So far, the data is only available on the client side; we will want to send it back to the server. The playProgress event fires very often, so it would not be efficient to send the data each time. Instead, we set up a timer that triggers a server update every 30 seconds. The data is sent back to the server using a post request.

 

setInterval(updateProgress, 30000); 

updateProgress: function () {
  $.post('/callback', { 
    progress: plnzVideoTracker.progress 
  }); 
}

 

With these set up, we have a working progression tracking feature on the frontend, but there are two potential issues:

  1. If the user quickly stops the video and navigates away, we may lose 30 seconds of data because the script does not have a chance to post it back to the server.
  2. If the user keeps the video page open, but does not watch the video, the same set of data will be posted back to the server repeatedly.

To address the first issue, we set up a listener function for the pause event, which posts the data as soon as the video pauses.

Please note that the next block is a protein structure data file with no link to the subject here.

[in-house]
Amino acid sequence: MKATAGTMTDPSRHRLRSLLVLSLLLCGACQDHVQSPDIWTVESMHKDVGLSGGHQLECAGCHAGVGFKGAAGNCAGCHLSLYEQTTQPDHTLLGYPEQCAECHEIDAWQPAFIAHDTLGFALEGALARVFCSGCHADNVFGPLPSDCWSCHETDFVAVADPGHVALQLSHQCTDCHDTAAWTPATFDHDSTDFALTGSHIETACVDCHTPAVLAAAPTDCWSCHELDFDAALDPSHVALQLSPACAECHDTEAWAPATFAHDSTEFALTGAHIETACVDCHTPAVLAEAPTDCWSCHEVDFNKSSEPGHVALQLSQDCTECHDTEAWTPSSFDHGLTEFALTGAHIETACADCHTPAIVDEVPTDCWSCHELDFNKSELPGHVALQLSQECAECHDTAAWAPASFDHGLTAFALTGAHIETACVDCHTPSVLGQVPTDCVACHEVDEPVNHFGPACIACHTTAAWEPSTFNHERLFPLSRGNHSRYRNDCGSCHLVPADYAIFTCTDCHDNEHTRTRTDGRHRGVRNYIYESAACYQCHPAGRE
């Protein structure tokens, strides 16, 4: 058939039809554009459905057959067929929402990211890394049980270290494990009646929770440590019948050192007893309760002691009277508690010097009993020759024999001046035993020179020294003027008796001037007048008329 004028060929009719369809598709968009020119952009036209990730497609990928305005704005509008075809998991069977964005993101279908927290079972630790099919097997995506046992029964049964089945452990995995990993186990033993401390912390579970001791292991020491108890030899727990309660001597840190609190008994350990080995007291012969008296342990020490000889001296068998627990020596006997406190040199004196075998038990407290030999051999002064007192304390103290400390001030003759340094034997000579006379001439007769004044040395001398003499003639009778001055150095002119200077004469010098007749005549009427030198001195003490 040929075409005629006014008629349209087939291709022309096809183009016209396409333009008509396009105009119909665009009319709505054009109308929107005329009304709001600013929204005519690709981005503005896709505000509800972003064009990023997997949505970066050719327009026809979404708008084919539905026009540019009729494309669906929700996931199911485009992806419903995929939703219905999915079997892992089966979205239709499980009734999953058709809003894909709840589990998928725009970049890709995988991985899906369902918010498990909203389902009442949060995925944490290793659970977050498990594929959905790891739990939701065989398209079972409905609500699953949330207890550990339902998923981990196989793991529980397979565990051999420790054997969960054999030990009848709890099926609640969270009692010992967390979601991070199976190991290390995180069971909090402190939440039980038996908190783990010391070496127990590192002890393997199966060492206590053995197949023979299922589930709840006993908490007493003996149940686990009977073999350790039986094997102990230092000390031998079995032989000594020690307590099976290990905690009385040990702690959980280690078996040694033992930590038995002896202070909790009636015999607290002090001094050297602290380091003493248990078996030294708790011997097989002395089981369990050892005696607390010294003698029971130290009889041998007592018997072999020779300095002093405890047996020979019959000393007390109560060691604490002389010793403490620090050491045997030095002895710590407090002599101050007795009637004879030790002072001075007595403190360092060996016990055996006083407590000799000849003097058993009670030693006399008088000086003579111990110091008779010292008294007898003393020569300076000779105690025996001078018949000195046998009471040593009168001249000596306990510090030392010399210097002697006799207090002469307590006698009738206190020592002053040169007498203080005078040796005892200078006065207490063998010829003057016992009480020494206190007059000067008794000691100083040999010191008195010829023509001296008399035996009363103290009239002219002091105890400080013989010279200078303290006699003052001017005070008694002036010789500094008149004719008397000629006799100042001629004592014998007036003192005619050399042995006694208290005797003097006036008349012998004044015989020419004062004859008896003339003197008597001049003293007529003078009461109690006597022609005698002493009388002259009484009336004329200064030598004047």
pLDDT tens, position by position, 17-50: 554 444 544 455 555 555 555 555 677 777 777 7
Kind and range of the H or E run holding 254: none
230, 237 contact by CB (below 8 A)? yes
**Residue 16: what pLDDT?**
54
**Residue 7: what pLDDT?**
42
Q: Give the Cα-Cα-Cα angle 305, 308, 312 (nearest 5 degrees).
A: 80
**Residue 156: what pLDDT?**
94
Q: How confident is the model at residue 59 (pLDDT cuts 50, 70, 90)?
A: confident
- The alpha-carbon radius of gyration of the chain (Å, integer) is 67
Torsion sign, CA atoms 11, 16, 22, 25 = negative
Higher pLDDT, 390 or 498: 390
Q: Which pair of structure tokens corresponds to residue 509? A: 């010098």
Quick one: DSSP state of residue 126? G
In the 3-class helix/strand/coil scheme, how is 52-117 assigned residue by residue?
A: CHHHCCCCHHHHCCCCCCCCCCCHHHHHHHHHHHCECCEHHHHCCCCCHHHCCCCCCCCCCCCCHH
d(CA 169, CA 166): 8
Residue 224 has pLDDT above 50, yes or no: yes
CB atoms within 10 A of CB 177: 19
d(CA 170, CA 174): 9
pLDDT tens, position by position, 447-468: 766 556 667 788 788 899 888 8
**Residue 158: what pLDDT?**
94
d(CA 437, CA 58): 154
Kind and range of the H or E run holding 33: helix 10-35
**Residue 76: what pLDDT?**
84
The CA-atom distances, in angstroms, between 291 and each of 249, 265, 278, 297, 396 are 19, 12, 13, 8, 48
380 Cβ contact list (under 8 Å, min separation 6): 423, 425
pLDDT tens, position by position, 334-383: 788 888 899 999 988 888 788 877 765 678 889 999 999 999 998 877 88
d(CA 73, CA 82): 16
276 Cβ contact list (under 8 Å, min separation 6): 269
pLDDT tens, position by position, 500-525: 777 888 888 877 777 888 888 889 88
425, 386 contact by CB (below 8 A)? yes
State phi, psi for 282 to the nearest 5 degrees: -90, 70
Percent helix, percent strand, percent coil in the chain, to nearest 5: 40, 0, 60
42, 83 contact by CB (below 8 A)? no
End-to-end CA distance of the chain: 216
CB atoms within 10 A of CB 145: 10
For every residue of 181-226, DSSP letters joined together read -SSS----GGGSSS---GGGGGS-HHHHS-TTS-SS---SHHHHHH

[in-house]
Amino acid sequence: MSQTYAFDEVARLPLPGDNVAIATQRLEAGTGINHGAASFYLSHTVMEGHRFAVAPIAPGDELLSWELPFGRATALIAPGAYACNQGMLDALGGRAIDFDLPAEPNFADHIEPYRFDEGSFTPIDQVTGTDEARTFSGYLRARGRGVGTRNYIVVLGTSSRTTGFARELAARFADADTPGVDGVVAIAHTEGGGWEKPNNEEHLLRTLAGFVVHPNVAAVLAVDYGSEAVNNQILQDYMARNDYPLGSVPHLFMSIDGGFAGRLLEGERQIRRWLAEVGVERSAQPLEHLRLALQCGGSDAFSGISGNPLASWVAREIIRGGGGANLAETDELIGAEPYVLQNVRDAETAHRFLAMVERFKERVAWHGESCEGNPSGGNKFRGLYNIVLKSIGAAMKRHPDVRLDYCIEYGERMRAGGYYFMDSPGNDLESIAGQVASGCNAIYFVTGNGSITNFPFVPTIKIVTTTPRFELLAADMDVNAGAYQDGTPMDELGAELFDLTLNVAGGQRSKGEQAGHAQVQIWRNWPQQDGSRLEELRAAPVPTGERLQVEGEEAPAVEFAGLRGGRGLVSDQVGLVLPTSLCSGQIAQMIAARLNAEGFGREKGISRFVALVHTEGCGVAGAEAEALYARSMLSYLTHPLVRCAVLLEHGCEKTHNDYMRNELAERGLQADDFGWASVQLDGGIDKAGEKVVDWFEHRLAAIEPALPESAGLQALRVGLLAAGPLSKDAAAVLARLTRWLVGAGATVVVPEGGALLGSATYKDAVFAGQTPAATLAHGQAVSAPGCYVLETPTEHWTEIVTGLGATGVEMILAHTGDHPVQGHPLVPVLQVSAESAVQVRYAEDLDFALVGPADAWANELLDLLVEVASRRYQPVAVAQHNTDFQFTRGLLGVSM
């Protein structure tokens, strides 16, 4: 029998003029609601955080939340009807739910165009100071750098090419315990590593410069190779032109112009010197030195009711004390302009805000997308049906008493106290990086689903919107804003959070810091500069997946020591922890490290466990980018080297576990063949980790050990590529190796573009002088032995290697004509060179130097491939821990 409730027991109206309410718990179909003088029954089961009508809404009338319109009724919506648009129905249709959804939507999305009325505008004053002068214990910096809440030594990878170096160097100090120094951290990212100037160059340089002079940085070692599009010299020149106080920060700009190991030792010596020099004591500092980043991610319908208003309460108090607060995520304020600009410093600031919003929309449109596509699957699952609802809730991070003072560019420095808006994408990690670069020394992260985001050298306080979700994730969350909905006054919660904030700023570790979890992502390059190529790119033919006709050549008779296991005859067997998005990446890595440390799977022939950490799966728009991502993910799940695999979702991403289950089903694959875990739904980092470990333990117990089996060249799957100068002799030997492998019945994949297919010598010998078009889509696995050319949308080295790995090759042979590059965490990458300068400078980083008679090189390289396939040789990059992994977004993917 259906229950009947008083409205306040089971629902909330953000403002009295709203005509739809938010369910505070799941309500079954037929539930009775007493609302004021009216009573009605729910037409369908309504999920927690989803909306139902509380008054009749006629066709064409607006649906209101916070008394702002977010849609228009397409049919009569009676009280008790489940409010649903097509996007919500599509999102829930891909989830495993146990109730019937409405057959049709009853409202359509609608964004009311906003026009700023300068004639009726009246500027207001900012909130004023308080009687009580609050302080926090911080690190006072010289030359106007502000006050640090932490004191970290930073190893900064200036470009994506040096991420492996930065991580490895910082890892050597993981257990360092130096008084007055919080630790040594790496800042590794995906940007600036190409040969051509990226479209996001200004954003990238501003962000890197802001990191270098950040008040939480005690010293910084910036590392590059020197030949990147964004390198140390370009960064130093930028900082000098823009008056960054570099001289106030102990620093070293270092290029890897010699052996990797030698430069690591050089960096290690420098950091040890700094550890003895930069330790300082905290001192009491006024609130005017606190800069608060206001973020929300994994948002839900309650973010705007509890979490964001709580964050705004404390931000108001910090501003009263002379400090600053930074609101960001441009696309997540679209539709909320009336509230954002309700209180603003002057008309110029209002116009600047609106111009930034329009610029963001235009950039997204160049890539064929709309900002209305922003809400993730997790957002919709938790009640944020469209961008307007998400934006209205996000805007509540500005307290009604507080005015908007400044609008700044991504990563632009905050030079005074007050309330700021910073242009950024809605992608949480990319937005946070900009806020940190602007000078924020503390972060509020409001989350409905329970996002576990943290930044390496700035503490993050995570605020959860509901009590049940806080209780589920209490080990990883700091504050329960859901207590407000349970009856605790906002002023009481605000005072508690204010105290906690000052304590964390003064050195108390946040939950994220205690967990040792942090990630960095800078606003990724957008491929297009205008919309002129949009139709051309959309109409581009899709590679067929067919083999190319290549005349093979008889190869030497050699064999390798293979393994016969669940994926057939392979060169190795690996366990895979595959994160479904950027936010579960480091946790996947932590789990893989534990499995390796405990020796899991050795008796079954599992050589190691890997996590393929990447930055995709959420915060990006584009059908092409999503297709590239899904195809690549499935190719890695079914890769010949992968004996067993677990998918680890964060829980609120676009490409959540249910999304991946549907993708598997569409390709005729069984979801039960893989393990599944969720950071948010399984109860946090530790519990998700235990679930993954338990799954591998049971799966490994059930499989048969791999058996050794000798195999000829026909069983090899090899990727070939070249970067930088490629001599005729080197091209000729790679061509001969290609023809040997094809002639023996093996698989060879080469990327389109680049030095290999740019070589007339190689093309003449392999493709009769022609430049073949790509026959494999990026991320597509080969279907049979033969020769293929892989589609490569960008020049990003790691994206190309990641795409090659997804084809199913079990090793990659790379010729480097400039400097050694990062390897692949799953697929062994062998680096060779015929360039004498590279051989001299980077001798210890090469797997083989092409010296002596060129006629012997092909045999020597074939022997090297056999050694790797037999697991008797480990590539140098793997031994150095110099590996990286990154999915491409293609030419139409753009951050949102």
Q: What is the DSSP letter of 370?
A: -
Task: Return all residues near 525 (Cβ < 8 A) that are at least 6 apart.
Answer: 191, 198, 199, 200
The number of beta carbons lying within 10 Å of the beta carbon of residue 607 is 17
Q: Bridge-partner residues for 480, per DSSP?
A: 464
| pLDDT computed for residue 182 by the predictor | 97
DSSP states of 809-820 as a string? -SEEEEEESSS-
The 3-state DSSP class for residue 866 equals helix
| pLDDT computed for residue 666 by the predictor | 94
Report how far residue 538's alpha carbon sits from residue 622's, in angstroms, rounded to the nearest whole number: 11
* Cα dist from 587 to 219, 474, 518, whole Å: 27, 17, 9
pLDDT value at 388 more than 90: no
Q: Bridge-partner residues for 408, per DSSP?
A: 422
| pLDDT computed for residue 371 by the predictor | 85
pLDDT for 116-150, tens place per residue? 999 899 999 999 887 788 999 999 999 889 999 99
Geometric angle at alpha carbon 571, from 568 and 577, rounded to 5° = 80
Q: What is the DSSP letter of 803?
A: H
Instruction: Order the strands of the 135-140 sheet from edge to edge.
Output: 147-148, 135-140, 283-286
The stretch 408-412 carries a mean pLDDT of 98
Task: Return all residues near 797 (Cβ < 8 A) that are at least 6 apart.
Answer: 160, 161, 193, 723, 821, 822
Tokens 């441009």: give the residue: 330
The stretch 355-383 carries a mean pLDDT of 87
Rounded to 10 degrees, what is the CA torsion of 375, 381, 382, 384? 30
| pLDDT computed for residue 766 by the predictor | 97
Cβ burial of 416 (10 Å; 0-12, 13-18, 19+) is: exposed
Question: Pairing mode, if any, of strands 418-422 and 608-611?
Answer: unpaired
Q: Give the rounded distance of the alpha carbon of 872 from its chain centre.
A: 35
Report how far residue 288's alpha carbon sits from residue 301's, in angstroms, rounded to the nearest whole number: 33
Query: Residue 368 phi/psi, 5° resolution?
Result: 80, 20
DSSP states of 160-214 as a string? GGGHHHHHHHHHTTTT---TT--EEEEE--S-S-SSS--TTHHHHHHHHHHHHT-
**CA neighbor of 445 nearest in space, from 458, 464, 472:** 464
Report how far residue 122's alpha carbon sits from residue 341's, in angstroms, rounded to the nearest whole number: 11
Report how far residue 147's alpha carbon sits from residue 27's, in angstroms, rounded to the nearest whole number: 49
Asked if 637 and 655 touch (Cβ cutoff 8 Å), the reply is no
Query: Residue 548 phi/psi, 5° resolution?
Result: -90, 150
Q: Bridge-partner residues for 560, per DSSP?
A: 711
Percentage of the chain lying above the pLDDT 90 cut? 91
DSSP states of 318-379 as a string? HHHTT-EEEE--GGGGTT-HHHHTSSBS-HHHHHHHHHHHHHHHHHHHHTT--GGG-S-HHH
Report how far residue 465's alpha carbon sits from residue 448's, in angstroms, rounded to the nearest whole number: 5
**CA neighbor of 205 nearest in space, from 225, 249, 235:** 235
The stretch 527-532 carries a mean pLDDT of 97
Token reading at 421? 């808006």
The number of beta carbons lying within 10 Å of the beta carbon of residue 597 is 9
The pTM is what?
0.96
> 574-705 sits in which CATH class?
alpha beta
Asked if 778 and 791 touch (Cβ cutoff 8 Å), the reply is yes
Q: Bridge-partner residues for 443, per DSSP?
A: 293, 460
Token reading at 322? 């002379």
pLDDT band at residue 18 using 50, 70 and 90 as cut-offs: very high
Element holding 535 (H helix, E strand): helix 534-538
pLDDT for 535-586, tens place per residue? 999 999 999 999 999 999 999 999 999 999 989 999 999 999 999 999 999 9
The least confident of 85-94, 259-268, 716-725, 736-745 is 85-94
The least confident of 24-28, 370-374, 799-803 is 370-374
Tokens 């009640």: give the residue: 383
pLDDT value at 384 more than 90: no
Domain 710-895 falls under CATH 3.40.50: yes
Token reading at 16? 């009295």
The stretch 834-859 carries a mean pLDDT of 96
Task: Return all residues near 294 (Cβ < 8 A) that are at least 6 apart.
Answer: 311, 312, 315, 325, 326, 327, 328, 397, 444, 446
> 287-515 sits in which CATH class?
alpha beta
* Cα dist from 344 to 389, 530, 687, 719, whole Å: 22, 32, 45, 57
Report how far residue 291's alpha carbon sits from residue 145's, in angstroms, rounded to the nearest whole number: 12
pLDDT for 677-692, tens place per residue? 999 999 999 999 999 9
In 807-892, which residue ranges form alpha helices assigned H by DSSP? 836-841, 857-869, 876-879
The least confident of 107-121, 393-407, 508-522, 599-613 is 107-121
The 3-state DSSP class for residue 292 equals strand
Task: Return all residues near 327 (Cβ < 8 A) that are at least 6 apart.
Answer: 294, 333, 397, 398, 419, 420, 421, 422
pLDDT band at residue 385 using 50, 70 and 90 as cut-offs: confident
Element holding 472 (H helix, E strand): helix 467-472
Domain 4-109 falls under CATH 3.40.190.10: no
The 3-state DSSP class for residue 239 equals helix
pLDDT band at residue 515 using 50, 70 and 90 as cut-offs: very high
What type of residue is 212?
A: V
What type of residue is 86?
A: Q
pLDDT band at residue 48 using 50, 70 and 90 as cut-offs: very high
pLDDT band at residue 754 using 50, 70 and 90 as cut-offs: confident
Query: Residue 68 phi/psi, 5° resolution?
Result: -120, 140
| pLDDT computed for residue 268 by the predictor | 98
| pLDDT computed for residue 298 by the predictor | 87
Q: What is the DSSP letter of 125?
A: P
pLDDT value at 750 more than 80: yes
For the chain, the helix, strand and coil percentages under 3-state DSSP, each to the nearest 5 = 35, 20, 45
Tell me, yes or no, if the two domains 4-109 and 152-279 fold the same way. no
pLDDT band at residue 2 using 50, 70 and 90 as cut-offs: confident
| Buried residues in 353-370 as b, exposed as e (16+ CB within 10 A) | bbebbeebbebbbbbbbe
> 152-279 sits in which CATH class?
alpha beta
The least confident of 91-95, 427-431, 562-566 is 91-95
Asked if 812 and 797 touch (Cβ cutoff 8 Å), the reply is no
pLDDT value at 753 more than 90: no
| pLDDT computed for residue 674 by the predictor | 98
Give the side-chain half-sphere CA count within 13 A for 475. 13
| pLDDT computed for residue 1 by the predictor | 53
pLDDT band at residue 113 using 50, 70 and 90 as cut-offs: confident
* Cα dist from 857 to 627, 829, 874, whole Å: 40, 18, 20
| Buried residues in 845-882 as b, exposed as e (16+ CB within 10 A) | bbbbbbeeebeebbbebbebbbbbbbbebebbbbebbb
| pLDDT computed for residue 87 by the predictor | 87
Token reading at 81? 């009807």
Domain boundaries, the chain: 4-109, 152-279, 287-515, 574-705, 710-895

video.addEvent('pause', vimeoPauseEvent); 

vimeoPauseEvent: function (data) {
  updateProgress(); 
},

 

To eliminate the second issue, we note the timestamp of the last time that the progress was updated, and only send data to the server if there has been any progress since the last time. This necessitates changes to the vimeoPlayProgressEvent and the updateProgress function.

 

vimeoPlayProgressEvent: function (data) { 
  var currentPercent = Math.ceil(data.percent * 100); 

  if (plnzVideoTracker.progress.indexOf(currentPercent) != -1) { 
    return; 
  } 

  var timestamp = (new Date()).getTime(); 
  timestamp = Math.floor(timestamp / 1000);

  plnzVideoTracker.progress.push(currentPercent); 
  plnzVideoTracker.lastUpdate = timestamp; 
} 

updateProgress: function () { 
  if ( plnzVideoTracker.lastSent == plnzVideoTracker.lastUpdate) { 
    return; 
  } 

  plnzVideoTracker.lastSent = plnzVideoTracker.lastUpdate; 
  $.post('/callback', { 
    progress: plnzVideoTracker.progress 
  }); 
}

 

As far as the frontend is concerned, the code snippets discussed here complete the progression tracking functionality.